Sunday, 22 March 2009

An Open Letter to the Pope.

Dear Pope,

Following your recent statement that AIDS 'cannot be overcome through the distribution of condoms' but that they 'even aggravate the problems', I feel that I must offer you some advice: it is really about time that you get a technician to have a look at your direct connection to God, I fear there is some interference on the line. Have you thought of upgrading to broadband?

I have heard, as no doubt must you (though I can certainly get you references if you have not), that God is both loving and wise. AIDS as you may or may not know causes vast suffering, causing many, many deaths, including leaving countless children orphaned. You therefore understand that God must want this situation remedied? Now I know your life in the Vatican is a little sheltered, but surely in your time in the Hitler Youth you must have learnt that most ordinary humans like sex. You must also realise that God is wiser than to suggest for an entire continent not to have sex until the AIDS epidemic ceases and that therefore condoms, and education on the proper use of condoms, is the best option.

I therefore suggest that the message from God was not that AIDS 'cannot be overcome through the distribution of condoms' but that they 'even aggravate the problems', but rather 'AIDS CAN be overcome through the distribution of condoms, and good education on their use can FURTHER HELP the problems'. I hope this clears up any confusion on your behalf and I am sure you now understand the importance of maintaining a good quality connection. If you ask my advice, Virgin Media seem to offer quite a reliable broadband connection service - I have never had any problems connecting to my friends, it is also aptly named for a Pope!

Yours sincerely

Mark J

PS. Thousands of millions of men, women and children are dying of malnutrition, ever thought of using the church's vast wealth and influence to feed them?

Wednesday, 18 March 2009

We have got to survive, and we have got to learn.

"NOTHING REVEALS THE thin veneer of civilisation like a threat to its fuel or food supply, or the cracks in society like a major climate-related disaster. But that, increasingly, is what we face: the global decline of oil production; a global food chain in crisis due to multiple stresses including imminent, potentially irreversible global warming. These linked, interacting dynamics are complicated by yet another: a rich-world debt crisis.

In Britain, the first six months of the Second World War became known as the ‘phoney war’ because at that point there was no fighting and the conflict seemed unreal. In spite of all the news reporting, I sense in Britain today a ‘phoney calm’ that belies the seriousness of these inexorable trends." (Article)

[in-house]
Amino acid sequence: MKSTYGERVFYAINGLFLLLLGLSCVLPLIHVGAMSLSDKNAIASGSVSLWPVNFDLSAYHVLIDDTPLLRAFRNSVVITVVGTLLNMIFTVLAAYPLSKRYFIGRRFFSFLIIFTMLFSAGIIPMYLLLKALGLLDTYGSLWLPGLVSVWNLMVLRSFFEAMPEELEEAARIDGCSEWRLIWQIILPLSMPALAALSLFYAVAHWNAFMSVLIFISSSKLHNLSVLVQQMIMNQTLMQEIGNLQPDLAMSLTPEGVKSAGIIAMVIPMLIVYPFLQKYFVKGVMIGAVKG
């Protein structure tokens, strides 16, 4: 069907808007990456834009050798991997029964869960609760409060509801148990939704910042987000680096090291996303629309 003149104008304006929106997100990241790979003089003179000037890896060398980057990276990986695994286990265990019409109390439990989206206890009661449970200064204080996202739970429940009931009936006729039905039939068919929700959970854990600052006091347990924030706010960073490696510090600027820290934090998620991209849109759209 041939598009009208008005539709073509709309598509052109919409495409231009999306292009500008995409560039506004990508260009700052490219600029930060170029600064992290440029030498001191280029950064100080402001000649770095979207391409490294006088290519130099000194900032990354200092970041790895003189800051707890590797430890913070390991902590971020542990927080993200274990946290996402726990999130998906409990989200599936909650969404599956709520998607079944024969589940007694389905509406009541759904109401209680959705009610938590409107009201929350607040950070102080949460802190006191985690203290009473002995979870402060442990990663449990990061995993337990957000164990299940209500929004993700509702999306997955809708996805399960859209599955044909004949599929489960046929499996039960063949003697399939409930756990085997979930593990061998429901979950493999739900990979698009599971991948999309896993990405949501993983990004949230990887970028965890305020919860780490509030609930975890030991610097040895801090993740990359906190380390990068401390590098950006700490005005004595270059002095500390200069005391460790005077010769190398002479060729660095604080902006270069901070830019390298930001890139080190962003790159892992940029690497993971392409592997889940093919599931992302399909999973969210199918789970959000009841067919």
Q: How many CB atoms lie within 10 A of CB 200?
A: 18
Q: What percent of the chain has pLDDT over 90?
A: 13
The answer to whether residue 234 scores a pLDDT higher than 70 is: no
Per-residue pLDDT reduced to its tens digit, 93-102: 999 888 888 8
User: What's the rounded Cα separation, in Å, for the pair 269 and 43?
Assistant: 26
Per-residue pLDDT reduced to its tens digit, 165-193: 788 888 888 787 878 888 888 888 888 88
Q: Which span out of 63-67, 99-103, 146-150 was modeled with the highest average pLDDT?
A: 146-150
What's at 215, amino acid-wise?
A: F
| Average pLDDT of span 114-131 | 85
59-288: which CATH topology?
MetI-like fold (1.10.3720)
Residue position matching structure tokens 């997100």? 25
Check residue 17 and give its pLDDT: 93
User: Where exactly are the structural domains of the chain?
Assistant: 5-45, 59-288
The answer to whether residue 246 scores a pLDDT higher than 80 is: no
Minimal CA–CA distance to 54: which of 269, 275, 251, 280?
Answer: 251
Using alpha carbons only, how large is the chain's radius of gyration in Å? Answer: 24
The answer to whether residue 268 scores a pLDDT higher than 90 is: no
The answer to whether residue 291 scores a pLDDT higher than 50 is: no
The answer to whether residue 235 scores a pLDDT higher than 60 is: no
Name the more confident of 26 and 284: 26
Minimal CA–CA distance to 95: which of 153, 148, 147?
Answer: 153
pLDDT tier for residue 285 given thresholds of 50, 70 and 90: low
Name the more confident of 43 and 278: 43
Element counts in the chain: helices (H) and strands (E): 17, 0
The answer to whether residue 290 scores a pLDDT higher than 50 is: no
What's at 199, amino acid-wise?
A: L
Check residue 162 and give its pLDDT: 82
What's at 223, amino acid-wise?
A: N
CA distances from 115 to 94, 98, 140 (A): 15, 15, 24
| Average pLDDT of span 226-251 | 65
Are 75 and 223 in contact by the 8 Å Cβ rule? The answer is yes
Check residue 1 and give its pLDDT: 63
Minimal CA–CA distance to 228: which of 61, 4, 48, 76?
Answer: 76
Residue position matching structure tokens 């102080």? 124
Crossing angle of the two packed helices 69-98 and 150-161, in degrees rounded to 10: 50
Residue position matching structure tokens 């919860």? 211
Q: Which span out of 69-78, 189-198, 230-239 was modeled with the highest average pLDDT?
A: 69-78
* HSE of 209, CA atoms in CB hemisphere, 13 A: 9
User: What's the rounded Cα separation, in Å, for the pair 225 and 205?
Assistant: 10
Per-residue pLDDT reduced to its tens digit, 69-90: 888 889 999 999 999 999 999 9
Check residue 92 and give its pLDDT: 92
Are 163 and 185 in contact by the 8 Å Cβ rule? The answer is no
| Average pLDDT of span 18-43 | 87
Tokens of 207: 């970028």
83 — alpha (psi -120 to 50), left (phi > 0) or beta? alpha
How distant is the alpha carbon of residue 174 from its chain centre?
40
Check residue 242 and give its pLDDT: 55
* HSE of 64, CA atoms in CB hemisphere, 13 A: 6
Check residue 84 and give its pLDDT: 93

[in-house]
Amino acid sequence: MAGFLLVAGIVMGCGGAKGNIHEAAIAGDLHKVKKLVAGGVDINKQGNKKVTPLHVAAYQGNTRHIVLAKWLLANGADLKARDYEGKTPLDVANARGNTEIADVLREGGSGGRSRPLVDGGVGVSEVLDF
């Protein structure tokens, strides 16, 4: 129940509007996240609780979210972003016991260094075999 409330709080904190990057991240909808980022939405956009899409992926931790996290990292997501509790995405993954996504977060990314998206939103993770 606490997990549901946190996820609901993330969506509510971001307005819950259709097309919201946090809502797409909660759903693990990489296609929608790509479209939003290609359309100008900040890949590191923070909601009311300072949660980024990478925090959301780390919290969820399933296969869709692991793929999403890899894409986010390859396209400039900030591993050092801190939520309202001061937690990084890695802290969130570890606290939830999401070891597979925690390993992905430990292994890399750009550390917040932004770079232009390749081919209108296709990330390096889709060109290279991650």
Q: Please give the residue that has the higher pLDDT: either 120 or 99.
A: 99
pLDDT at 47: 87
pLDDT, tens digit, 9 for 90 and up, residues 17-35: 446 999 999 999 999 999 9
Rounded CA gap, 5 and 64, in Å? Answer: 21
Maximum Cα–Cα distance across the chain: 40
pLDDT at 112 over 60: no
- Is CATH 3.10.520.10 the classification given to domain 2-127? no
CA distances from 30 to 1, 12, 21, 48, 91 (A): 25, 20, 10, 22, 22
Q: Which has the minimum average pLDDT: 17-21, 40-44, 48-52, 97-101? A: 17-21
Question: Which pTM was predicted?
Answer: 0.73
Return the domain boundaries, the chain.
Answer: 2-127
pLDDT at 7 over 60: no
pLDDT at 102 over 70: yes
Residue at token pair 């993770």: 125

My thoughts: we have got to survive, and we have got to learn. Otherwise what is the point? To have got this far, and then to die. Or to survive and then create the same situation some time in the future. A better world is possible, it is also the only option available.

Oh and start a vegetable garden as soon as possible, because it may help protect against experiencing real hunger, hunger not felt in this country for many decades. We are not far from crunch time.

We are nine meals away from anarchy.

This article explains more and explains it well: Planet Crunch

Maybe I should write in a more gentle manner, but there is no point, there will be no more gentle reminders from here on in, the world will not be gentle with us. We must find our positivity in life, find positive ways of living, love is always possible, joy can always be found. But what is the point in tying pretty ribbons on rabid dog. IGNORANCE IS NOT BLISS, it is a lack of awareness, and having a lack of awareness not only leads to suffering, it leaves you in a worse place to be able to deal with suffering - which kinda reminds me of a poem...

Autobiography in Five Short Chapters
~ Portia Nelson ~

Chapter 1
I walk down the street.
There is a deep hole in the sidewalk.
I fall in.
I am lost ... I am helpless.
It isn't my fault.
It takes forever to find a way out.